Every company has them and most teams have at least one. Families often have one as well. You know what I’m talking about; the employee or family member that makes you want to walk the other way when you see them coming. Instead of complaining about the difficult person in your midst, why not ask what they can teach you about–you? For example:
You have buttons they can push:
Who do you find it the most difficult to be around? Is it the narcissist who makes sure the conversation is always about them? Is it the complainer who finds fault with the resort the company chose for your team’s annual celebration? Or is it the passive-aggressive person who has perfected his or her tone while delivering the accusation, “That’s not what I meant—don’t be so sensitive!”? We all have buttons, areas of sensitivity that others can easily find and manipulate. Whatever yours is, the difficult person is there to remind you that it’s still there and that they “own” you as long as you have that button.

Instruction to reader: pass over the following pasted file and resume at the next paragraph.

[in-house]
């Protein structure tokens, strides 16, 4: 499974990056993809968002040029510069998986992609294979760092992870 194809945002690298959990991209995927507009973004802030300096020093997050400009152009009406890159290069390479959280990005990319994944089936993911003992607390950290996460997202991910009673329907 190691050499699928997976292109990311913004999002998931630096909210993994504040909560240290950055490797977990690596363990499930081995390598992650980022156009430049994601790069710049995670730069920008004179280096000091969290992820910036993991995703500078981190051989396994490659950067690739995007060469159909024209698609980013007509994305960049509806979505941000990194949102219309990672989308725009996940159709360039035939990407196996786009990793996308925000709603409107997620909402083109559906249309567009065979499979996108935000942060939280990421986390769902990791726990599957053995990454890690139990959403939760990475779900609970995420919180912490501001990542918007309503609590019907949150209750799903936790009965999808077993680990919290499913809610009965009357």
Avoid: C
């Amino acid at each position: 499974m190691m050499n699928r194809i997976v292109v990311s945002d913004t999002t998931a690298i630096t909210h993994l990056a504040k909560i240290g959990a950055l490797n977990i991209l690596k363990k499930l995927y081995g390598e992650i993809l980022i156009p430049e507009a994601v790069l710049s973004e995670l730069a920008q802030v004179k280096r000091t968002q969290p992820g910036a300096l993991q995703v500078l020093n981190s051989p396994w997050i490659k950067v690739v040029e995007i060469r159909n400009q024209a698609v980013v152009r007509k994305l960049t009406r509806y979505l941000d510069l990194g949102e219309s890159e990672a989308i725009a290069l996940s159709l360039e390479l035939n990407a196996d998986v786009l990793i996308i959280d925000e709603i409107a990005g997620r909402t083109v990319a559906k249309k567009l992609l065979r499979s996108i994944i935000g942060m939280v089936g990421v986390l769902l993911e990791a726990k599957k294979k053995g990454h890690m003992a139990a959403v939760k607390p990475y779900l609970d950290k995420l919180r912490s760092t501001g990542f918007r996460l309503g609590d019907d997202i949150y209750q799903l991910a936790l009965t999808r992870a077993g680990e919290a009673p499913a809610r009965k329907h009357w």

You have room to improve as well:
There is no doubt that the “difficult” person needs to overhaul their communication and interpersonal skills in the area or areas that make them difficult for many people. But what about you? Have you considered that the difficult person could be viewed as a reminder that you’re not as assertive as you need to be? That difficult person isn’t likely to change, are they? You can either keep letting that person push your button or you can decide it’s time for you to learn to be more assertive and set boundaries with them. The difficult person can teach you, “This isn’t just all about me—you have a part in this as well.”
You have blind spots too:
The difficult person has a behavior (or several) that is so unpleasant that everyone agrees there’s a problem—a serious problem. The bigger problem is they’re oblivious to what’s plain to everyone else! How can that be? The answer is that they’re just like you and me. We all have blind spots. We’re not blind to a horrendous behavior because our behaviors aren’t on that level. Yet, we’re not perfect either. Difficult people remind us that we all have blind spots. We can be like the difficult people and stay oblivious—or we can learn from them ask for some candid feed-back. Just because our behavior might not be a serious problem doesn’t mean we should ignore it.
– Alan Allard, Creator of Enlightened Happiness. For more from Alan, sign up for his newsletter at alanallard.com.